> nient than lightly touching an elbow.
> I recognize that some people may see this and believe that I could not
> do it on my own, but they would be mistaken. I also know that those
> same people might assume that all blind people are like me and would
> not be able to do it on their own either and that these beliefs might
> affect, probably negatively, their interactions with other blind
> people. Again, however, this would be their mistake, their prejudice,
> and their discrimination. And while I regret that situation, I won't
> let people's ignorance and stupidity dictate my behaviour.
> On 2011-11-10, at 12:44 PM, Jedi wrote:
>> I'm with you entirely on the idea that a person, of any sort, walking
>> alone should indicate that help is not needed. But I think those
>> blindness attitudes tend to erode good sense. And I'm with you that our
>> actions mean a lot; we can't claim that we want to be independent
>> travelers and ask for a sighted guide everywhere we go. I'm sorry to
>> say that this is one of the few situations in which we can't have our
>> cake and eat it, too.
>> Original message:
>>> I can kind of understand how those with little to no exposure to
>>> blindness may be concerned and curious as to how we do something like
>>> cross a street, but, and this may be my naivety talking, when a person
>>> sees a grown person walking about on their own, does common sense not
>>> dictate that perhaps, while not fully understanding it, that person is
>>> probably okay? Maybe they can ask if we need anything, but it's a little
>>> difficult for me to understand how we can obviously be doing things with
>>> no help, but when a sighted person is around we suddenly need their
>>> help? I guess I'm still acclimating to stuff like this.
>>> In crowded situations, I'll take sighted guide sometimes, more so, so I
>>> don't lose whoever I'm with, but I think it helps when we do as much as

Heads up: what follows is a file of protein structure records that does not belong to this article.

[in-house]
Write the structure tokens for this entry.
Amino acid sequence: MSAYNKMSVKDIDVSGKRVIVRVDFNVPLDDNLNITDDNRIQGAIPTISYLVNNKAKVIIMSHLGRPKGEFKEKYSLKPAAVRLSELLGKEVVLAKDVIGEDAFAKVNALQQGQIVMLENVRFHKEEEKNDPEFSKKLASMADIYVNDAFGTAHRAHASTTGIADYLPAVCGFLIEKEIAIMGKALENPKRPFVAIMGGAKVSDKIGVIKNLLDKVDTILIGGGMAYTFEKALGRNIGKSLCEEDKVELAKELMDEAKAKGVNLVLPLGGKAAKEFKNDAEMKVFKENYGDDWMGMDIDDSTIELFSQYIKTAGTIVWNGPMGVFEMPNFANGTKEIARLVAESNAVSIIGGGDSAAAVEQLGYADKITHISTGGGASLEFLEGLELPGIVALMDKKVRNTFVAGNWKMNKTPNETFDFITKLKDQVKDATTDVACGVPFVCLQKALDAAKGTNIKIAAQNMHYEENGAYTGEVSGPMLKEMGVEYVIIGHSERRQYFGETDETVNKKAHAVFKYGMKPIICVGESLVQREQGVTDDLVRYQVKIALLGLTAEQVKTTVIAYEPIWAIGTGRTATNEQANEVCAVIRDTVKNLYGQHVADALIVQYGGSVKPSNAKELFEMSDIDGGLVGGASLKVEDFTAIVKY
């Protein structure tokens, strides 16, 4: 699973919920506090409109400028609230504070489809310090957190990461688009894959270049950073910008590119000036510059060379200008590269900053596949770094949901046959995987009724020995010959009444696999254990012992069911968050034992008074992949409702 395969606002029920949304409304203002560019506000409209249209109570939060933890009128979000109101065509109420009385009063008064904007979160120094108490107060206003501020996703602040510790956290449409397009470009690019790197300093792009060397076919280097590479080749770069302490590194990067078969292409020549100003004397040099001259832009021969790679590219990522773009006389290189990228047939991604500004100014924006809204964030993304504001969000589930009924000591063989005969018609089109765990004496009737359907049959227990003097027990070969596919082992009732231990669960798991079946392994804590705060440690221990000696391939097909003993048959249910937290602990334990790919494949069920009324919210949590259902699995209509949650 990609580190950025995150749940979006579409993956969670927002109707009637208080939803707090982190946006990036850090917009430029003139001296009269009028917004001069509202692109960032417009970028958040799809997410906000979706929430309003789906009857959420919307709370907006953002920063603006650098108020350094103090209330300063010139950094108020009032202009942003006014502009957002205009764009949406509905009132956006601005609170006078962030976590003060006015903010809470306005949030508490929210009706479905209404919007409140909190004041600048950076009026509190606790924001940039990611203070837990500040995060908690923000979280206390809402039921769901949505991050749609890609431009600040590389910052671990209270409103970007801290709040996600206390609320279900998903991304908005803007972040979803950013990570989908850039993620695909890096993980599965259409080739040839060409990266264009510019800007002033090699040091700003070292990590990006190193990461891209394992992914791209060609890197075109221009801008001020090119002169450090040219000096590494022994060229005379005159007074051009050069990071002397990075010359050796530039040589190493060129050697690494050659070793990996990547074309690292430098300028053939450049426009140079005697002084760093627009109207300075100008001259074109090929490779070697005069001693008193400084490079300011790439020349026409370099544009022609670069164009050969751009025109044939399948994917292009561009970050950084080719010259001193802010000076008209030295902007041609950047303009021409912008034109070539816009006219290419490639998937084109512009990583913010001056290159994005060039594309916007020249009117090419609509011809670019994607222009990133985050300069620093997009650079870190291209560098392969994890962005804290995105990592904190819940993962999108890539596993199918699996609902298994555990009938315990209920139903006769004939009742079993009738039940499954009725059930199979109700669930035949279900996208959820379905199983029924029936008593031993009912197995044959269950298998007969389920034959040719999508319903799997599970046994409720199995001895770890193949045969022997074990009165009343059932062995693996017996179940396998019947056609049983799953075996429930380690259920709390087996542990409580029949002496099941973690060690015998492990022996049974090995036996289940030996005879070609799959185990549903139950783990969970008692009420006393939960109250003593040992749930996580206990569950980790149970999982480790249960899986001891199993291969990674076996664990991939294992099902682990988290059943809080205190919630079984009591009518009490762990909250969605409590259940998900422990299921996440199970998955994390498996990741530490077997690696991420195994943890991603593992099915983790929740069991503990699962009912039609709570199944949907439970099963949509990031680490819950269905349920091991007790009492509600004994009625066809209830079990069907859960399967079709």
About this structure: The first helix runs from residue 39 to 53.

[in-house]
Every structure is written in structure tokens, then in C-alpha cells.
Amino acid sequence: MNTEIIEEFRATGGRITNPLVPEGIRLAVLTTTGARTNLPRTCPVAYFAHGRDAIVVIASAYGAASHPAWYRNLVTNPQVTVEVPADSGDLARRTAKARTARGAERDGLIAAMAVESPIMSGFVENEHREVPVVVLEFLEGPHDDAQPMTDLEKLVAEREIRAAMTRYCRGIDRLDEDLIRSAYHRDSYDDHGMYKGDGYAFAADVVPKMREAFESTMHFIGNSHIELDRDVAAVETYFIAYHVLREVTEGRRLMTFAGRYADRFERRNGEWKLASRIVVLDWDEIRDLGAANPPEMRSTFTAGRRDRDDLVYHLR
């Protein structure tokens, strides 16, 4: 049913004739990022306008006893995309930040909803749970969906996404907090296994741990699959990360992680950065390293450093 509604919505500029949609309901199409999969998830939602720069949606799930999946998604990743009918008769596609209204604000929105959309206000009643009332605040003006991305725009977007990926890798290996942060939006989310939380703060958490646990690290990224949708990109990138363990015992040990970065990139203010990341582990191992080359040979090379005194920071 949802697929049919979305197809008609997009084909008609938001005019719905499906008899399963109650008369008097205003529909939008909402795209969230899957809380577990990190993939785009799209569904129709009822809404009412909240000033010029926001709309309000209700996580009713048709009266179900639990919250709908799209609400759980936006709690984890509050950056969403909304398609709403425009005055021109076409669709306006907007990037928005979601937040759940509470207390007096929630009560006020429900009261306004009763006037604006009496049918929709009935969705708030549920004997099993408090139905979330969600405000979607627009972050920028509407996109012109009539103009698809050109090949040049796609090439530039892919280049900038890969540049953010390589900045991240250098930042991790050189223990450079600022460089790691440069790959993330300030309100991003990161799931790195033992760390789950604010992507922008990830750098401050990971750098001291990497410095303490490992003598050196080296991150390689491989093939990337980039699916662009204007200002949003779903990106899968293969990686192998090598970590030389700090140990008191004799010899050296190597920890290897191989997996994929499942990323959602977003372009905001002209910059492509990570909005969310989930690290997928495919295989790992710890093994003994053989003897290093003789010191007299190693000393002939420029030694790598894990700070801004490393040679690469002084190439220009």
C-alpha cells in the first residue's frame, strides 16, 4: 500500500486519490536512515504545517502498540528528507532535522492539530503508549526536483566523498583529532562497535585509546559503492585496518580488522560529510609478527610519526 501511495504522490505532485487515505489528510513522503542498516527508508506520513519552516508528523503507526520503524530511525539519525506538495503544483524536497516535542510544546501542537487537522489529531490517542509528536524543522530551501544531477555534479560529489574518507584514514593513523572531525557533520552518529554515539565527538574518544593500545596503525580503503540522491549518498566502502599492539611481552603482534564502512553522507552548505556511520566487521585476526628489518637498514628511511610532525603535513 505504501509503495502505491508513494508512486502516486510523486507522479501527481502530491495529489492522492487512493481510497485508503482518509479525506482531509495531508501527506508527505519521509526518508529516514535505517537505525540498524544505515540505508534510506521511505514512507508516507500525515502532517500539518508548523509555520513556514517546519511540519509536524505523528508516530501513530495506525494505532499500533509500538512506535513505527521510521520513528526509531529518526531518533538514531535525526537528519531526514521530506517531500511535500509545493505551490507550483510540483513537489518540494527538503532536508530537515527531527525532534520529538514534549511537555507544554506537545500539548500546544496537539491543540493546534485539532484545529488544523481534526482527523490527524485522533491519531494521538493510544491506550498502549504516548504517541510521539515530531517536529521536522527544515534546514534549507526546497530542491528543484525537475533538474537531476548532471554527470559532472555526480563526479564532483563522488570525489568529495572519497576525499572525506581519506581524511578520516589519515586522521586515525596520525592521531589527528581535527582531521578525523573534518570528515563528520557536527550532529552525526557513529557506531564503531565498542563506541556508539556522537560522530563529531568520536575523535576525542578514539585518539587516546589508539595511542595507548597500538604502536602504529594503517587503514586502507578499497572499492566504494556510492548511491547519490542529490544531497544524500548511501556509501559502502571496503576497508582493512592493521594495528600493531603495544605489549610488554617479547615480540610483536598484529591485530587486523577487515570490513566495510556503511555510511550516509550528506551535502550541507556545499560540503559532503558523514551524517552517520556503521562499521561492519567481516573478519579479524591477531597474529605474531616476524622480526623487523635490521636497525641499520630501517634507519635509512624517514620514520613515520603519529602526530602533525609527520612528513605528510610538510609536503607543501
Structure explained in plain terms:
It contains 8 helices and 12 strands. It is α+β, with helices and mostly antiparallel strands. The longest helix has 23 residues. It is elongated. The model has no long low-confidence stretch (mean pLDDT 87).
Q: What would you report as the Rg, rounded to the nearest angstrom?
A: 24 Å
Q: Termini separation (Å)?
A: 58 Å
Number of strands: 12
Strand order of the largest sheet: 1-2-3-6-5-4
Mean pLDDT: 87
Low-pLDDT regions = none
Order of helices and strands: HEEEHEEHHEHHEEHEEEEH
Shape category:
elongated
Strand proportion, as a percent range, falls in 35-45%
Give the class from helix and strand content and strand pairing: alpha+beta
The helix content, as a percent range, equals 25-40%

>>> possible independently. I also suffer episodes of extremely low blood
>>> pressure which makes me dizzy, weak and can affect my balance. On days
>>> like these, depending on what I need to do, I may take more assistance
>>> than on good days, but I try to be as independent as possible even on
>>> these days, but this also is just because of my personality as much as
>>> it is related to blindness! Smile. While going to school, classmates
>>> became accustomed to me doing things and getting around without help,
>>> and I led the way when it came to when and if I needed assistance. When
>>> classmates would see me around campus, they eventually stopped asking if
>>> I needed help and would just approach me like they would anyone else.
>>> They let me do the asking, and instead, we were able to cultivate
>>> The positive energy and confidence we put off helps as much as our
>>> actions. If we present ourselves in as confident of a manner as possible
>>> in any given situation, people will pick up on this and respect us as
>>> people. The more we work on our confidence, the more people will take
>>> note, and more importantly, the better off we feel about our
>>> independence and capabilities.
>>> Bridgit Kuenning-Pollpeter
>>> Read my blog at:
>>> "History is not what happened; history is what was written down."
>>> The Expected One- Kathleen McGowan
>>> Message: 21
>>> Date: Tue, 8 Nov 2011 23:10:14 -0500
>>> From: Patrick Molloy <ptrck.molloy at gmail.com>
>>> To: National Association of Blind Students mailing list
>>> <nabs-l at nfbnet.org>
>>> Subject: Re: [nabs-l] Grabbing etc.
>>> <CAN+-G_CeC3zdSdX+TEE1od6936YObAZRvSXG9KXQg2eKU2Ba+g at mail.gmail.com>
>>> Content-Type: text/plain; charset=ISO-8859-1
>>> I find it quite ironic that, in trying to help us, sighted people
>>> often cause more of a problem with regard to street crossing. Again,
>>> they really do mean well, but their method of help still leaves a lot
>>> to be desired (if desired at all.)